Edlis’ frank definition of a collector’s parameters is admirable. However, a major concern within the reinstallation is the museum’s lack of attention to situating this new donation into a broader art historical frame. Explicit connections between the new works and the permanent collection are limited and unremarkable. The surrounding galleries are arrayed as vivid, but disconnected, appendages.
It is dangerous to sequester this major donation apart from other important objects in the museum, as if to sanctify the Edlis/Neeson touch. As one of the greatest teaching collections in the world, the Art Institute risks aggrandizing a form of value creation left solely to the good taste and deep pockets of the collecting elite.
There are leanings in this collection that need to be addressed by the curators. The representation of women in particular (as subjects, as artists) reflects a troubling history of commodification and biased market valuation of art made about and by women. To travel across the Edlis/Neeson galleries–from Warhol’s glamazons to Koon’s absurd bather by way of Prince’s and Sherman’s Centerfolds–tells a complicated story of women, but it is too subtle in this context. Vulnerable, powerful, sexualized, innocent, violated, even grotesque—there is no getting around the focus on the selling of women’s bodies.
In this setting, John Currin’s Stamford After Brunch (2000) is an interesting addition. A wall label points out the three women depicted were Currin’s gallerists at the time it was painted. As influential art world mavens, the women stand in for the usual cigar-smoking boys club. Our eye is trained to judge such cartoonish cronies, but moral evaluation is roiled by the slumber party-like atmosphere of the scene. Perhaps not coincidentally, Warhol’s diptych of Pat Hearn (1985), one of the most striking pictures in the installation, also depicts a gallery owner. These are women who wield power by way of selling art—a skill recognized as quite different from making art.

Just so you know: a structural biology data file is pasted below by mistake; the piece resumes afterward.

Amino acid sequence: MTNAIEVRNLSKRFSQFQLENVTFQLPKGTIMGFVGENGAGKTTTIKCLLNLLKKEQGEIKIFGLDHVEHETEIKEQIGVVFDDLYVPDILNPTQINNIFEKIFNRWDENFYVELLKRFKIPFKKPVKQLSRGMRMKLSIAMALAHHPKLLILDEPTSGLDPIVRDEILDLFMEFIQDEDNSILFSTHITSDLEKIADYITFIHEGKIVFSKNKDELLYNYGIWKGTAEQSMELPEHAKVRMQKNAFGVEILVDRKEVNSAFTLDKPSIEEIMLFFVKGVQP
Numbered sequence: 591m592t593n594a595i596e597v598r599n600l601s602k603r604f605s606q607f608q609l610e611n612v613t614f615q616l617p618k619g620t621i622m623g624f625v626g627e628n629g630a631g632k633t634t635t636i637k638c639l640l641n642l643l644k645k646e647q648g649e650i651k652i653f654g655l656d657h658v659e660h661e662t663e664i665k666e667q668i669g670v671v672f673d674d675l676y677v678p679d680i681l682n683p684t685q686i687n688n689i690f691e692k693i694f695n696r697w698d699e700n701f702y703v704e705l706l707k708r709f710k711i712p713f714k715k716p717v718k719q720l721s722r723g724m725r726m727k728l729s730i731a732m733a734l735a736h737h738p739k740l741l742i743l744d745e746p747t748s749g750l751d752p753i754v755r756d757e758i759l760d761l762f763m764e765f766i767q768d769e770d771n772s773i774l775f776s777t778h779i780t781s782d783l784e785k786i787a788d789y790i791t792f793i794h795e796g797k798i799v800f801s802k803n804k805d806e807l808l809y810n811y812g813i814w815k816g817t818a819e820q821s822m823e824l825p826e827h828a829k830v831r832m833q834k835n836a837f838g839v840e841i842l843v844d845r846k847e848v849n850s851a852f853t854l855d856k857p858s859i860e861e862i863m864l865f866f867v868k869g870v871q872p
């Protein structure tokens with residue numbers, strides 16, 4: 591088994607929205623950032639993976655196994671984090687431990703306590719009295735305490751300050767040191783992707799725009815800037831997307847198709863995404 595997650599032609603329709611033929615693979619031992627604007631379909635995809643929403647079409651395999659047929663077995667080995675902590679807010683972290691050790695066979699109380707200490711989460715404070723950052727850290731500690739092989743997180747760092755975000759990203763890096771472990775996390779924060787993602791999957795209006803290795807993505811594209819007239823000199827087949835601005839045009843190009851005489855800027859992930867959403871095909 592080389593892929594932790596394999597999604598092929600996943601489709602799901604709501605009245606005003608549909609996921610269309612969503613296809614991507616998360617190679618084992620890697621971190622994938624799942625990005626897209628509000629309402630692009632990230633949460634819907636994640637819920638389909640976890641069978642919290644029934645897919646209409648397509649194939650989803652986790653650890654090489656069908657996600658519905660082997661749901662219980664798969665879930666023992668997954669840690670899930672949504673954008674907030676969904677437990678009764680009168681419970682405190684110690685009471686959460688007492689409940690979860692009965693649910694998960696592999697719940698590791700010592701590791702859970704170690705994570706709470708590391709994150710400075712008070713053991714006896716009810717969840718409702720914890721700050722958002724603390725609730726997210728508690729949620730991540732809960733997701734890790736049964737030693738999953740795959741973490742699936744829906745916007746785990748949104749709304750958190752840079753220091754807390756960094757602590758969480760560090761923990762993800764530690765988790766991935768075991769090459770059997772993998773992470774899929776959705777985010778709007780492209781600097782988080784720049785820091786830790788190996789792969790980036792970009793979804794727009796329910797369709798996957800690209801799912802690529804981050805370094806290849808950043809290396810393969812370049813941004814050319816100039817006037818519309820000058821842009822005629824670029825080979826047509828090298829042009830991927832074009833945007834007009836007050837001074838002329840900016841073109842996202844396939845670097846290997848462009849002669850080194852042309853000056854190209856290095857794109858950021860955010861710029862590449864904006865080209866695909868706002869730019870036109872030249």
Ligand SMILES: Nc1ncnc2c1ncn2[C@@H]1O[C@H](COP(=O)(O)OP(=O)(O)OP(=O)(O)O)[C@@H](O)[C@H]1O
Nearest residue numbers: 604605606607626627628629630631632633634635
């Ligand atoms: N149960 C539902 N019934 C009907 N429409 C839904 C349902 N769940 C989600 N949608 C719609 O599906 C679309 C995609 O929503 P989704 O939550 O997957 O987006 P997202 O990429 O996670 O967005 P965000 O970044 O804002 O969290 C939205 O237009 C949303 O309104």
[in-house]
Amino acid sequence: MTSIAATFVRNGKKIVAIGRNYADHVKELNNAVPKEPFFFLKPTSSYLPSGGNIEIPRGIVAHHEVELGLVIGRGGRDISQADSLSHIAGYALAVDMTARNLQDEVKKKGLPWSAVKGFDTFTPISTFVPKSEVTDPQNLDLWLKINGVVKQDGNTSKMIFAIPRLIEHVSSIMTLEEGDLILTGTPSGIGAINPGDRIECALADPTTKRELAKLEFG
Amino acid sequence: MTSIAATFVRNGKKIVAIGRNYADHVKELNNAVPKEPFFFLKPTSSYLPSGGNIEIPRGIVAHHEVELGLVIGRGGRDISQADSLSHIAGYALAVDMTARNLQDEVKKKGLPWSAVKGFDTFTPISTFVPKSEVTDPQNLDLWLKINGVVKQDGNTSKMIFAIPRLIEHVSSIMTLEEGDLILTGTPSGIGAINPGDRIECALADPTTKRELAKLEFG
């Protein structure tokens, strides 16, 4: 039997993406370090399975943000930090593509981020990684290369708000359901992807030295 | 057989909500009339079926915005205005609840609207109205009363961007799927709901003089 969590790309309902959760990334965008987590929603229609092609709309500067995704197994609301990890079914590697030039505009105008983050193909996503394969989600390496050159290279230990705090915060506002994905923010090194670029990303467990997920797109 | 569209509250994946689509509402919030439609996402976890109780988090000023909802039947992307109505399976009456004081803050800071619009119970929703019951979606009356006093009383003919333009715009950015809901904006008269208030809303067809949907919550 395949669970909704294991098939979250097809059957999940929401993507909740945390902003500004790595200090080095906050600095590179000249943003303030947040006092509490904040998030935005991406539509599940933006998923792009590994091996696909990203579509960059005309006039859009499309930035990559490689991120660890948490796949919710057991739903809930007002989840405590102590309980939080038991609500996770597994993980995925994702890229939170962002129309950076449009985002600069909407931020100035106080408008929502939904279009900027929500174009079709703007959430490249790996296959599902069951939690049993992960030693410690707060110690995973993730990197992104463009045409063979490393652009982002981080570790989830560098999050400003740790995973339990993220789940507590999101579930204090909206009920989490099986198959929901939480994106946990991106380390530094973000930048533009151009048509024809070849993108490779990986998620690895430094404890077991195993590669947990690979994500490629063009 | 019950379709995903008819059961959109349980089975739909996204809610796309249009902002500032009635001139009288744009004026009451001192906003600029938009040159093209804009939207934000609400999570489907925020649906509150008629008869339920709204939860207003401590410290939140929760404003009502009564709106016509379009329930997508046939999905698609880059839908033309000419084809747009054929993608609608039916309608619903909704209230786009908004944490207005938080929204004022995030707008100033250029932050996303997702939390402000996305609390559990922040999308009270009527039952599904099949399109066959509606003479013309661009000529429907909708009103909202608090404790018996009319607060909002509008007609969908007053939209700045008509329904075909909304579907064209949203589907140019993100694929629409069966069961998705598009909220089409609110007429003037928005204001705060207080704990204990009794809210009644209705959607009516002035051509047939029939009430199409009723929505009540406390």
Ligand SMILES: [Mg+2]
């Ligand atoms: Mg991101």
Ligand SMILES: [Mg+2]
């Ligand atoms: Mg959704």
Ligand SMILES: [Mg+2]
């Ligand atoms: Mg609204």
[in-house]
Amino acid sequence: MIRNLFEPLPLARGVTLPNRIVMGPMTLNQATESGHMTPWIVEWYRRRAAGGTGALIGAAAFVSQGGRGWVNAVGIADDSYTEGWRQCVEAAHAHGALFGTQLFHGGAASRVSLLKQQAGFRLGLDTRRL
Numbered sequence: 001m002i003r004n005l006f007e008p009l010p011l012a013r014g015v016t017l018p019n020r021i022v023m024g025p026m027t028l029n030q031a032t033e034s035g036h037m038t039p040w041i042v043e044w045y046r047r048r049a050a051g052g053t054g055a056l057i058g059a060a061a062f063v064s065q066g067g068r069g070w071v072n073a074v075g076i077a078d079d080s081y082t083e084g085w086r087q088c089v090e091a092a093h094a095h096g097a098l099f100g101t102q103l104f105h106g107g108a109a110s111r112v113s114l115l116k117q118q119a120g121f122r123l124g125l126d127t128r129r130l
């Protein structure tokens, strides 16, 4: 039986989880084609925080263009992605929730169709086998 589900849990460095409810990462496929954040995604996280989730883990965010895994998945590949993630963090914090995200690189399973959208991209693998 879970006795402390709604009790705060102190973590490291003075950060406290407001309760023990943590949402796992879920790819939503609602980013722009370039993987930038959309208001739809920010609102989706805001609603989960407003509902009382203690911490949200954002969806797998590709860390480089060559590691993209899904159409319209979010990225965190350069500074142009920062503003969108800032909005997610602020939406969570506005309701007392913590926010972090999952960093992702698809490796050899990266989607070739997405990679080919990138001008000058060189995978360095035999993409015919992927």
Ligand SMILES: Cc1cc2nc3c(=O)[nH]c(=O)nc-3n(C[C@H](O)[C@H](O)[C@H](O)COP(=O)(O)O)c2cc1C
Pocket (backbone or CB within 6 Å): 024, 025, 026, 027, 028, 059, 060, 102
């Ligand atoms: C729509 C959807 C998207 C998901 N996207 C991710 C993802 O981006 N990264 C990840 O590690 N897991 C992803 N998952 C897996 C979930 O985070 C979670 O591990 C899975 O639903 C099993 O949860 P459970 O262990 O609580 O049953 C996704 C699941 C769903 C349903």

Cindy Sherman is the pivotal feminist on view. The decision to intersperse Richard Prince’s work with Sherman’s stages them as willing or unwilling bedfellows. Whereas Sherman serves as director, designer, makeup artist, model and photographer in her “archetypes”, Prince is known as an appropriation artist. He crops and enlarges found images, as if to prove the simplicity of success available to the exploitation of stereotypes.
In the exhibit catalogue’s forward, then museum director, Douglas Druick (since replaced by the curator of The New Contemporary, James Rondeau) reminds us of Bertha Palmer’s famed donation of Impressionist art. Championing these artists, Druick notes, was, at the time, “radical, even controversial.”
By contrast, the Edlis/Neeson artists have already etched their names into the canon. Perhaps this fact is a defining difference between the Pop Art and Impressionist movements, or perhaps it reveals more about contemporary art’s role in advancing one’s reputation for spending money on beautiful things.
Kate Hadley Toftness
Kate Hadley Toftness investigates collection-based programs at museums and alternative spaces with permanent archives. She holds a B.A. from Yale University and an M.A. from the University of Chicago.
Volume 30 number 5, May / June 2016 pp 24-26